As you might have noticed, a lot of my recent posts revolve around books and reading. It’s not so much because I am a writer and reader myself, but because I often encounter blogs and articles online featuring subjects that prod at my “This is not okay” meter, and I feel the need to rant. Thanks to this wonderful invention of a blog, I can do that, and you all are forced to hear me out. Muahahahah!
So let’s get to it, shall we? Today’s rant is about literary snobbery and should have an alternate title (which unfortunately did not fit into the title field):
You Are NOT What You Read! (unless you want to be)
If you’re a reader dating back to pre-Kindle days, you have personally encountered this before. People. Copping an attitude. About your reading preferences. Steamy bodice ripper cover? *scoff* She must be a desperate middle-aged housewife who needs to get her jollies through book porn. A literary classic? Pfft… snooty intellectual. Probably couldn’t find a G-spot with GPS navigation and turn-by-turn instructions.
My experience on the subject is graphic and emotionally painful. One time I went into a bookstore, stood in line for ten minutes while lovingly hugging my selections to my heart (as one does; don’t judge) only to reach the cash register and have a sweaty, pimply-faced boychild clerk look at my books and mock, “Romance, huh?” Yes. Romance. Stories about two serious, consenting adults getting into a relationship and, yes, even having sex. Amazing, mind-blowing, change-your-life-forever-because-it-lasts-more-than-five-minutes-and-actually-MEANS-something sex. Though I can understand your lack of understanding, as it is probably a foreign subject to you. *smh* (I didn’t actually say that. I just blushed scarlet, paid for my book, and never went back there again.)
These days the discrimination is more virtual. Readers no longer flaunt their beautiful, beloved covers in public, so the public has taken to mocking our reading selections on the very open forum of the Internet. No genre is safe from ridicule, though Romance and Erotica still take the brunt of it, with Young Adult a close second.
I think that is a tremendous shame. We read books to escape. To taste of the exotic, the exciting, the forbidden. We read for the familiar, and for things that we couldn’t have imagined were possible. It’s meant to be a mind-opening experience, a conversation starter, and a way to bond with people, share ideas and dreams. Instead we are forced into solitude, mocked for our preferences, clumped together and stereotyped–and the more we band together, the worse it gets! We become the weirdos who have nothing better to do than hold book club meetings and sniff old books in libraries.
If it only came from non-readers of the world, I could understand. They don’t know any better. For whatever reason, they have never been initiated into the club; never felt the joy and rapture of meeting a new character and following their life’s story to its satisfying, bittersweet end. But, my friends, my kindred spirits, we ourselves are just as guilty of this crime. We judge others for reading what we do not, for not reading what we enjoy. Instead of celebrating our differences, we deride each other for them.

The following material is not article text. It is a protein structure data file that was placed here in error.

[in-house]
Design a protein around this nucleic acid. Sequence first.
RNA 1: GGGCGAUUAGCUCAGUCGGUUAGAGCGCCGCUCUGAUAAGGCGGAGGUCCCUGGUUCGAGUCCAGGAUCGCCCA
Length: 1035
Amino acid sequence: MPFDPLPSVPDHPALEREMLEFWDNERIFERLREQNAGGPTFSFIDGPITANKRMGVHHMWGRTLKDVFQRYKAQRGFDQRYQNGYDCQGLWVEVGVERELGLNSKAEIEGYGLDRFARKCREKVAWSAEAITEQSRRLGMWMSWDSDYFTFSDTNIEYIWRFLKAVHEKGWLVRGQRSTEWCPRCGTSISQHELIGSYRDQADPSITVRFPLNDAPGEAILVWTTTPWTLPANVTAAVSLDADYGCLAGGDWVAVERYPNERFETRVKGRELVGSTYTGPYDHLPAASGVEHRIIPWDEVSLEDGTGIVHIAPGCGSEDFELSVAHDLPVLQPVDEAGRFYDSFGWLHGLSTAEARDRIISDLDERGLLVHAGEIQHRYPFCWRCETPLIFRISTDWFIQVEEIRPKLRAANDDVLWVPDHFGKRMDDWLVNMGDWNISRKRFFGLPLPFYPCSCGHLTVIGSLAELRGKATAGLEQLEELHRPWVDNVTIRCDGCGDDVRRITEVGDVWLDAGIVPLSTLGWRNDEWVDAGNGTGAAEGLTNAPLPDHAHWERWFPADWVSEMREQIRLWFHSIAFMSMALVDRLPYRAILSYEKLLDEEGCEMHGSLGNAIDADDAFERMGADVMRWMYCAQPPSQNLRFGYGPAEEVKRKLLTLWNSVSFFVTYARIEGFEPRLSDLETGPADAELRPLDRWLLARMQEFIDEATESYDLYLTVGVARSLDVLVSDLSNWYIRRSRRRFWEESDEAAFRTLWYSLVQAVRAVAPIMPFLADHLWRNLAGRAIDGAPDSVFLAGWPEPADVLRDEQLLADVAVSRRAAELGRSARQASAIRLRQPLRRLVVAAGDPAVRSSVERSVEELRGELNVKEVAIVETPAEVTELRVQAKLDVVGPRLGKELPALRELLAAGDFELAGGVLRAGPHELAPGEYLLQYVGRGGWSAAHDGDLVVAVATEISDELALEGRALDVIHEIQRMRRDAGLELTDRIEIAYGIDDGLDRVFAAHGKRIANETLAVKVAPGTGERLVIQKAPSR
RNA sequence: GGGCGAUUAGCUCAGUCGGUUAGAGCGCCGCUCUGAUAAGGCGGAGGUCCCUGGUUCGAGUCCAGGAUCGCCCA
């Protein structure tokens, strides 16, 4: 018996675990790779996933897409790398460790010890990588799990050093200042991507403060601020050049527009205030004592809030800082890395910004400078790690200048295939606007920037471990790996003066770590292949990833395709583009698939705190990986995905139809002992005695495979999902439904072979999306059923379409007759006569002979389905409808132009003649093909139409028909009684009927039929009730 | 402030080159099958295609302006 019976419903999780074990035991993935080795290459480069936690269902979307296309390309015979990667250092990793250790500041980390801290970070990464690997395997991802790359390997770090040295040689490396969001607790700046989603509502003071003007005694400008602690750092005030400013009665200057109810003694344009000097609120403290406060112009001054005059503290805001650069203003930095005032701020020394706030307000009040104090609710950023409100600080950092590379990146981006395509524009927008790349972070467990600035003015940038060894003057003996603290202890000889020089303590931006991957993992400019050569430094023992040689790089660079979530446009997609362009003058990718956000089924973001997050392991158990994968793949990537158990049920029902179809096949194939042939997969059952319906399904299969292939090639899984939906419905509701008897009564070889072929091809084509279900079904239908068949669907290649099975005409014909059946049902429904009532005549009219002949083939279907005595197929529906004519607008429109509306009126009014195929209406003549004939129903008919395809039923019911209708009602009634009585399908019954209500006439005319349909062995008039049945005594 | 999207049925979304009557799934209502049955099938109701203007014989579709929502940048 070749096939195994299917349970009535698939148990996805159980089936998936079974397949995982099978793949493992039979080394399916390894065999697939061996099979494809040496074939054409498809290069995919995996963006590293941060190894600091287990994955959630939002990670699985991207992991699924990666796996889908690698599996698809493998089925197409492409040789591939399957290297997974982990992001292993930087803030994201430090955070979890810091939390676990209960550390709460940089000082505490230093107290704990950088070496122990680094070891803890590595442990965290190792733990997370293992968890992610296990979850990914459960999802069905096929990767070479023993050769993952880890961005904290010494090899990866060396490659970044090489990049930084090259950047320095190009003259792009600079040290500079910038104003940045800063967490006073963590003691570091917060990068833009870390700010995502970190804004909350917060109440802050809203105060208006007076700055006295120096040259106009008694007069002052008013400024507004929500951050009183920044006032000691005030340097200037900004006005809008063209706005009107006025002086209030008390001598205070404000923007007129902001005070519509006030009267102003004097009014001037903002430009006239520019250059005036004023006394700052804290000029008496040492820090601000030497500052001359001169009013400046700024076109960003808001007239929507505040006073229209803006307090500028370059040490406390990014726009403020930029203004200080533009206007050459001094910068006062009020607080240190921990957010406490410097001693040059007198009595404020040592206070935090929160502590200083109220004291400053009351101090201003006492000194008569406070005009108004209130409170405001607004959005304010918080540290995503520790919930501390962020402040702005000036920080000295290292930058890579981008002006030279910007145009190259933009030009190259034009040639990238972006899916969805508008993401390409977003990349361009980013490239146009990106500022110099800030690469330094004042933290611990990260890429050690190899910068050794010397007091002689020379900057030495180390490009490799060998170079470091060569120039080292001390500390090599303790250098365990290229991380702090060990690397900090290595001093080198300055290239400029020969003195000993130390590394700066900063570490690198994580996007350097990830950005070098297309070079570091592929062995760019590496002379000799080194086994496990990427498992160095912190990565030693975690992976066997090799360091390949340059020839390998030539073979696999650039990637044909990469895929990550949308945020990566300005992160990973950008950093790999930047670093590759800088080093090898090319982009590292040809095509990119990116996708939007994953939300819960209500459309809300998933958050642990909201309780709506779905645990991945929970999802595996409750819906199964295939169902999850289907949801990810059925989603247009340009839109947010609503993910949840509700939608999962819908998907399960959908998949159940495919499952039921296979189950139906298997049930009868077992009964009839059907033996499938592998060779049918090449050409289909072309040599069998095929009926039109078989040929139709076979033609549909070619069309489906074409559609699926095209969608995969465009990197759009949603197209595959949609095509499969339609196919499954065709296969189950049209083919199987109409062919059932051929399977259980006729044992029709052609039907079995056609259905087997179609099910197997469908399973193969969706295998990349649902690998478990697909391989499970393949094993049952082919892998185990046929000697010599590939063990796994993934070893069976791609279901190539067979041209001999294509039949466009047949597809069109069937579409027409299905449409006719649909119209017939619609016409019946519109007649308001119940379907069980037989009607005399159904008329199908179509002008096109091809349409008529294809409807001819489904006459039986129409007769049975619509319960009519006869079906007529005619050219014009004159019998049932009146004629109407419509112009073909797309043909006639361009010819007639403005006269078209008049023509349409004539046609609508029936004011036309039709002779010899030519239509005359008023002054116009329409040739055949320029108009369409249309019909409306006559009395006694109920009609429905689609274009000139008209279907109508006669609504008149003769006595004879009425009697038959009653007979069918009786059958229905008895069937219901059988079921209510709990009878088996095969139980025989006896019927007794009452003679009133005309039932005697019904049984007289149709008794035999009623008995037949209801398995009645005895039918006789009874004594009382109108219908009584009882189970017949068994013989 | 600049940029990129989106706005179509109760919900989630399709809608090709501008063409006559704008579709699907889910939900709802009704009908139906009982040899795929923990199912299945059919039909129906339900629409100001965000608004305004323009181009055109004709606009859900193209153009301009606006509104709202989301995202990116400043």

Why?? What business is it of ours? What impact could someone else’s reading material possibly have on us? It’s not like an erotica reader is wearing a leather bustier underneath that twinset. A mystery/crime reader ins’t secretly an undercover detective. Young adult novels don’t make anyone immature, horror readers don’t have corpses of dissected animals in their basements, and fantasy readers don’t spend their free weekends at Renaissance Faires, okay? We are people, just like you. Boring, ordinary, normal, every-day people who have day jobs (hopefully) and families, and, sure, some quirks to go along with the package, but who doesn’t? So just give it a rest!
And then you have the pillars of acceptance, those who scream up and down that they love and read every genre, and to each their own. But in the privacy of their closest relations, they’re secretly whispering, “How can they read that?”
I don’t get it. Maybe I’m missing something, or maybe I am just too self-involved to give a decent rat’s behind about what someone else is reading (unless they want to talk about it, in which case bring it on). I can argue the pros and cons of just about anything (thank you college Philosophy class), and I do, on occasion, indulge in a proper intellectual discussion about them (note the “proper” in that sentence, meaning, state your arguments, then listen to the other side, consider their point of view, and respond accordingly). But to spend my precious time and brain cells wondering about what kind of person would choose to read *insert genre*, and debating the merits of them? Frankly, my dear, I don’t give a flying f*ck. I have better things to do, thank you, and not enough hours in the day to do them as it is.
You’re reading? Fantastic! Are you enjoying the book? Even better! Do you vary your steady diet of *insert genre* with other selections? Beautiful. Keep up the good work.
That is all there should be to it.
Why is this concept so difficult for people to grasp?
About the Author: She reads. On occasion she picks up stuff she’s never read before. It works for her most of the time. Oh, yeah, she also writes. Her books are multi-genre and include romance (yes, you read that right), fantasy, sci-fi, and horror/thriller. Though she does not currently depend on book sales to pay the bills, it would be nice if they could pay for the small stuff, like hot chocolate, or books, or that new computer she now needs because her old one ganked. You can find her books at any online retailer of your choice. Give ’em a read and enjoy. Thanks for supporting her literary efforts!